Shelter and Shield
Shelter and Shield: The Persian Schindler, The Polish Refugees, and The Story of Jewish and Christian Refuge in Iran in WWII
The Georgetown University Persian language and Culture Program and the Jalinous Endowment for Persian Language and Culture invite you to an exclusive screening of the documentary film, Sardari’s Enigma, about Abolhosssein Sardari, the Iranian diplomat who saved hundreds of Iranian Jews in Paris in 1942. Following the screening there will be a panel discussion on Sardari and on Christian and Jewish polish refugees in Iran during World War II. Participants in the panel will include scholars, historians, authors and the filmmaker herself with NPR’s Morning Edition host Steve Inskeep.
Please see the event article published in the Times of Israel!
Date of Event: Friday, April 26, 2019
Time of Event: 10:30am-6:00pm
Location: Bunn Intercultural Center (ICC) Auditorium 10
**If you do not RSVP, you are still invited to join, but will not be guaranteed a boxed lunch.**
10:30am-12:00pm Film Screening – ICC Auditorium
12:00pm-1:45pm Boxed Lunch
2:00pm-4:00pm Panel Discussion – ICC Auditorium
4:30pm-6:00pm Reception – Copley Formal Lounge
Tom Gjelten, NPR Reporter on Religion, Faith and Belief, Moderator
Tom Gjelten reports on religion, faith, and belief for NPR News. Since joining NPR in 1982 as labor and education reporter, Gjelten has won numerous awards for his work, including two Overseas Press Club Awards, a George Polk Award, and a Robert F. Kennedy Journalism Award. He is a member of the Council on Foreign Relations. A graduate of the University of Minnesota, he began his professional career as a public school teacher and freelance writer.
Atina Grossmann, Professor, The Cooper Union
Atina Grossmann is Professor of History at the Cooper Union in New York City. Publications include Jews, Germans, and Allies: Close Encounters in Occupied Germany (2007, German 2012), Wege in der Fremde: Deutsch-jüdische Begegnungsgeschichte zwischen New York, Berlin und Teheran(2012), as well as Shelter from the Holocaust: Rethinking Jewish Survival in the Soviet Union (with M.Edele and S. Fitzpatrick). Her book Jews, Germans, and Allies: Close Encounters in Occupied Germany (2007, German, Wallstein 2012)) was awarded the George L. Mosse Prize of the American Historical Association and the Fraenkel Prize in Contemporary History from the Wiener Library, London. Her current research focuses on “Remapping Survival: Jewish Refugees and Lost Memories of Displacement, Trauma, and Rescue in the Soviet Union, Iran, and India,” as well as the entanglements of family memoir and historical scholarship.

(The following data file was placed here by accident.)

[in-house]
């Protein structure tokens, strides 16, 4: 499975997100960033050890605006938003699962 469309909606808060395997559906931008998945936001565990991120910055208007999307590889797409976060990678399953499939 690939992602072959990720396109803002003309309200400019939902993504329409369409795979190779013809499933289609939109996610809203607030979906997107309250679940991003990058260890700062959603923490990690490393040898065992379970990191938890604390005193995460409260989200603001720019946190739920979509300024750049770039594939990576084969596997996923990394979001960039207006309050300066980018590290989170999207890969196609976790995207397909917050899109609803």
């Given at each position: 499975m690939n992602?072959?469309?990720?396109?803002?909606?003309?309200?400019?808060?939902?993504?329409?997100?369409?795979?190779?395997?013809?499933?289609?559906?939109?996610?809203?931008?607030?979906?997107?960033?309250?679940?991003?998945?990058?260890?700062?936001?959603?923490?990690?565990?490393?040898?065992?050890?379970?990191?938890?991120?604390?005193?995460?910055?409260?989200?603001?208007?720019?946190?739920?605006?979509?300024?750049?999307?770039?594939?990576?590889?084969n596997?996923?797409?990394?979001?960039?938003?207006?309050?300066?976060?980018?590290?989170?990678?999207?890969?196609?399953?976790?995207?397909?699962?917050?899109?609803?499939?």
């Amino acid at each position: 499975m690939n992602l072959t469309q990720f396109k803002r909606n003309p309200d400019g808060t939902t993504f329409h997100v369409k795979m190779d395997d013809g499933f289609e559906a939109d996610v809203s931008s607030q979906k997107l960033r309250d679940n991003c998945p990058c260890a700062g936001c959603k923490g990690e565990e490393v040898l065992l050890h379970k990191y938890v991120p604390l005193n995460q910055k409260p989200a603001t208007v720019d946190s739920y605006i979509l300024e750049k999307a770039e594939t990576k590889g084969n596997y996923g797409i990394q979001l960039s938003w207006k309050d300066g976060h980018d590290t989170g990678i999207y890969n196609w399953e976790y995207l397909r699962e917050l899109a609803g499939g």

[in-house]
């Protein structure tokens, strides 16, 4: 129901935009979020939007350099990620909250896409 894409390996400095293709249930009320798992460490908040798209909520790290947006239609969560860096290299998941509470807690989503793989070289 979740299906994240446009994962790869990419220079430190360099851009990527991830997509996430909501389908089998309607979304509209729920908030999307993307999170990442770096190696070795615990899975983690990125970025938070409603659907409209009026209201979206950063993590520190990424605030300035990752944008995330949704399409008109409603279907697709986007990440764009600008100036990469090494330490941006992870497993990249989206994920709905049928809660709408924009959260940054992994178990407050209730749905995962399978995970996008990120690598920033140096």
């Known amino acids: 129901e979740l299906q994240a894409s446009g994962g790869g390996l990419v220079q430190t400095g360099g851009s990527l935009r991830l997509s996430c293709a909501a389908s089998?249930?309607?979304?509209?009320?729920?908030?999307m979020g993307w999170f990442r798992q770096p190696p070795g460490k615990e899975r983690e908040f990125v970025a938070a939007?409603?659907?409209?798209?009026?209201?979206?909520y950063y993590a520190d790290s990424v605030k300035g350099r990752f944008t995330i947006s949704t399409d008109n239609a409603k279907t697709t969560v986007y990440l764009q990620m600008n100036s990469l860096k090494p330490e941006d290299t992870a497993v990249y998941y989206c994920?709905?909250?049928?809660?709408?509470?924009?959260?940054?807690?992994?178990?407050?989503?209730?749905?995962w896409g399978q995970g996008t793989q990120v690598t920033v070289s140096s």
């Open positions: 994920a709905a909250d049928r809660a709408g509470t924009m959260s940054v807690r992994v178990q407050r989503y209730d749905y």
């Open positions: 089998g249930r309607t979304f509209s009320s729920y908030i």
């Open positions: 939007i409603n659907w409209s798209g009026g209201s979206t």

Abbas Milani, Professor, Stanford University (by Video)
Abbas Milani is the Hamid & Christina Moghadam Director of Iranian Studies at Stanford University and a Professor (by courtesy) in the Stanford Global Studies Division. He is also one of the founding co-directors of the Iran Democracy Project and a research fellow at the Hoover Institution. Until 1986, he taught at Tehran University’s Faculty of Law and Political Science, where he was also a member of the Board of Directors of the university’s Center for International Relations. After moving to the United States, he was the Chair of the Political Science Department at the Notre Dame de Namur University for fourteen years and for eight years, a visiting Research Fellow in U. C. Berkeley’s Middle East Center. Professor Milani came to Stanford ten years ago, and became the founding director of the Iranian Studies Program. He also worked with two colleagues to launch the Iran Democracy Project at the Hoover Institution. He has published more than twenty books and two hundred articles and book reviews in scholarly magazines, journals, and newspapers. His latest book is a collection he co-edited with Larry Diamond, Politics & Culture in Contemporary Iran: Challenging the Status Quo (Lynne Rienner Publishers, 2015).
Fariborz Mokhtari, Professor, University of Vermont, Author, In the Lion’s Shadow